After I was done eating them, I collected the peels and started to squeeze the oil from it and onto myself. The peel of one mandarin is all you need, the oil that comes out has an immediate aroma and spreads quite easily on the skin. As I’m doing all of this my mate thinks I’ve gone nuts. Suffice to say he become the control and I the guinea pig. Now one experiment is not going to be conclusive, but I felt I got immediate results, after applying mandarin oil on myself the number of mosquitoes waging war dropped dramatically. You might have expected my mate to be losing in that war since he chose to do nothing but he too was also not bothered by the mosquitoes as much. The only explanation I can give is that since we sat near each other he too was enjoying the repellent effects from my mandarin peels.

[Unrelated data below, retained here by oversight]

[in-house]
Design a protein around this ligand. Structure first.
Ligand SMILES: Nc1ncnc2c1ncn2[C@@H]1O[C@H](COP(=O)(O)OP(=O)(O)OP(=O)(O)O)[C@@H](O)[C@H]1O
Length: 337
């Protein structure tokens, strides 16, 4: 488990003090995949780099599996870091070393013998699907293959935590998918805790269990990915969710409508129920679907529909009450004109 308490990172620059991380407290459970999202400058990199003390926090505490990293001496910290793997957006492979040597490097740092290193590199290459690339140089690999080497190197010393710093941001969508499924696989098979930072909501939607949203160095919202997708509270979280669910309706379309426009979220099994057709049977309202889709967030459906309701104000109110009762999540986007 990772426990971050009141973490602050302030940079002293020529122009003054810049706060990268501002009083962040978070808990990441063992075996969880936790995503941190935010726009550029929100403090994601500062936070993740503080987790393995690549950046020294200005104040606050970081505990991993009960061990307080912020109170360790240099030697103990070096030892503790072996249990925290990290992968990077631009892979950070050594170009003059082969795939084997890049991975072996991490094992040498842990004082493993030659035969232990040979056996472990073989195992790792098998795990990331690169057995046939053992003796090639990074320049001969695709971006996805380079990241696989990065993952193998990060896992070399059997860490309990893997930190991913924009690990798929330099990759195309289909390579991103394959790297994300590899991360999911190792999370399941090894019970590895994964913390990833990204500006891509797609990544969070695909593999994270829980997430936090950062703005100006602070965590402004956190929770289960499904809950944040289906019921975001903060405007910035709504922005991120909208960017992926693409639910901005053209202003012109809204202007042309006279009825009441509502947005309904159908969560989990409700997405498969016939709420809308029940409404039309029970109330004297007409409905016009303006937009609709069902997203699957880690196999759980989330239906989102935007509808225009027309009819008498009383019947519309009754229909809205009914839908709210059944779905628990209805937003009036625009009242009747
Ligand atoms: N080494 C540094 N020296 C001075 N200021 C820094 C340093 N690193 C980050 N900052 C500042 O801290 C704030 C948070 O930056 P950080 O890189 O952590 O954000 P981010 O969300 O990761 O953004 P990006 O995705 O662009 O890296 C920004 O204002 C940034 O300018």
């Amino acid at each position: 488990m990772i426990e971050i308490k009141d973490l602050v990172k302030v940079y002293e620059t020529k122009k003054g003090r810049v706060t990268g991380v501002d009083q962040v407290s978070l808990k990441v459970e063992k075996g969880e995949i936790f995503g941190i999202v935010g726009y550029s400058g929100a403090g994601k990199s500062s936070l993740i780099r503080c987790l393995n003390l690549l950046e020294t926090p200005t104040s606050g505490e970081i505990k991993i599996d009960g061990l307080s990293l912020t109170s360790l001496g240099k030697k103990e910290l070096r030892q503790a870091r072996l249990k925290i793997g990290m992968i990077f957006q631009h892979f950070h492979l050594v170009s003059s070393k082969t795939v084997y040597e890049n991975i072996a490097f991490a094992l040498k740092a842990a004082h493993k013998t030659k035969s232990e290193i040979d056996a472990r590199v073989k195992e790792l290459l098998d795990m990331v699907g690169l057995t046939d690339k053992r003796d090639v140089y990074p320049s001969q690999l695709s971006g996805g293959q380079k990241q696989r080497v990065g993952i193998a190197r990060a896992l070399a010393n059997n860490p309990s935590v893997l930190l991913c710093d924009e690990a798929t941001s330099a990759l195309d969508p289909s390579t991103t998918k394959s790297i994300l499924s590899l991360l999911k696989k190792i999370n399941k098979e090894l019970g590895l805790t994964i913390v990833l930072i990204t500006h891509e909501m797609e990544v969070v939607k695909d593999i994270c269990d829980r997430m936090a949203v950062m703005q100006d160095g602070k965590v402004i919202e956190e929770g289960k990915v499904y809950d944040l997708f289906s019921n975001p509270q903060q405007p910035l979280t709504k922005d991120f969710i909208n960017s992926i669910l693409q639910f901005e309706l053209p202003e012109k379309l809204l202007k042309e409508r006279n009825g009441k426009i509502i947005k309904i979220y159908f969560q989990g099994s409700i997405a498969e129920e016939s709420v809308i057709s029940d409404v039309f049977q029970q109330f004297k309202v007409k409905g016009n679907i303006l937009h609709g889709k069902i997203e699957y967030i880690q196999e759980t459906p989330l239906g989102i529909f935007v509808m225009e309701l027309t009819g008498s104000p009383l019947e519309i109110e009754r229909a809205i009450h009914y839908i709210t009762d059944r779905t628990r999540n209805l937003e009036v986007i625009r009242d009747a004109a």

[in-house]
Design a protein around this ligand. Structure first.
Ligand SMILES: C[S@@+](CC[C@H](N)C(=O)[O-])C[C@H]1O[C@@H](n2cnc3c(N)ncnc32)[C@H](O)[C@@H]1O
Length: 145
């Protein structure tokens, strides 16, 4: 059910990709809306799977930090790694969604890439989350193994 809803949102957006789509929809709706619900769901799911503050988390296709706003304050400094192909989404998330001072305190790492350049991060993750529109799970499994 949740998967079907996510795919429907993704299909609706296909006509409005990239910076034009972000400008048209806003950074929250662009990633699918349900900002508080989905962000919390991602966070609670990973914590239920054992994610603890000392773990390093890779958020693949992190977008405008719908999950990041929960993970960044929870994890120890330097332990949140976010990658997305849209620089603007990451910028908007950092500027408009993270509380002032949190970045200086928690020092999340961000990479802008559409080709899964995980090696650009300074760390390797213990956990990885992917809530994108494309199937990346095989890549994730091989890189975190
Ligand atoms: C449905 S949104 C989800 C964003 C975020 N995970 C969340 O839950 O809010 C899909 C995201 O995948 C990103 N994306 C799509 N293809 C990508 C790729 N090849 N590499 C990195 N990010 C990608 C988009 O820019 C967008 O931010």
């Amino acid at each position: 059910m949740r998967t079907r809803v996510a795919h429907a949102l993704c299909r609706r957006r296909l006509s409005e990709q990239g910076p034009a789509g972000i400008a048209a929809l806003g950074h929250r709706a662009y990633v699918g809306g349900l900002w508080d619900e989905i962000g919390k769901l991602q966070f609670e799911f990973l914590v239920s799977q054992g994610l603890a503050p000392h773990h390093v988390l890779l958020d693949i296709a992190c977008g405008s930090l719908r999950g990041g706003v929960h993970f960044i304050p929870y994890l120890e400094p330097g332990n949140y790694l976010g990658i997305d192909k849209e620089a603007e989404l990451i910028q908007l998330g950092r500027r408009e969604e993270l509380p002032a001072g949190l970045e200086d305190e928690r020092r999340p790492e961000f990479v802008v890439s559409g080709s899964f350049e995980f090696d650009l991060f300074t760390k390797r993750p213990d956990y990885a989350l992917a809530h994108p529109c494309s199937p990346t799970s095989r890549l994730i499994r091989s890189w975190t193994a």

I have since researched this further and lo and behold the Internet is full of anecdotal evidence of orange peel oil as an insect repellent – Google it yourself. Again while you wouldn’t treat it as science, it sure doesn’t hurt to experiment and the reason this article is being posted is simply due to the frugalnomics of it. Bringing mandarins or other citrus when camping next time, is now multifunctional, it now provides food and mosquito repellent. This is a no brainer especially for all those weight conscious back packers. As frugalman would say “the more you know the less you carry”.

The Triangle of Life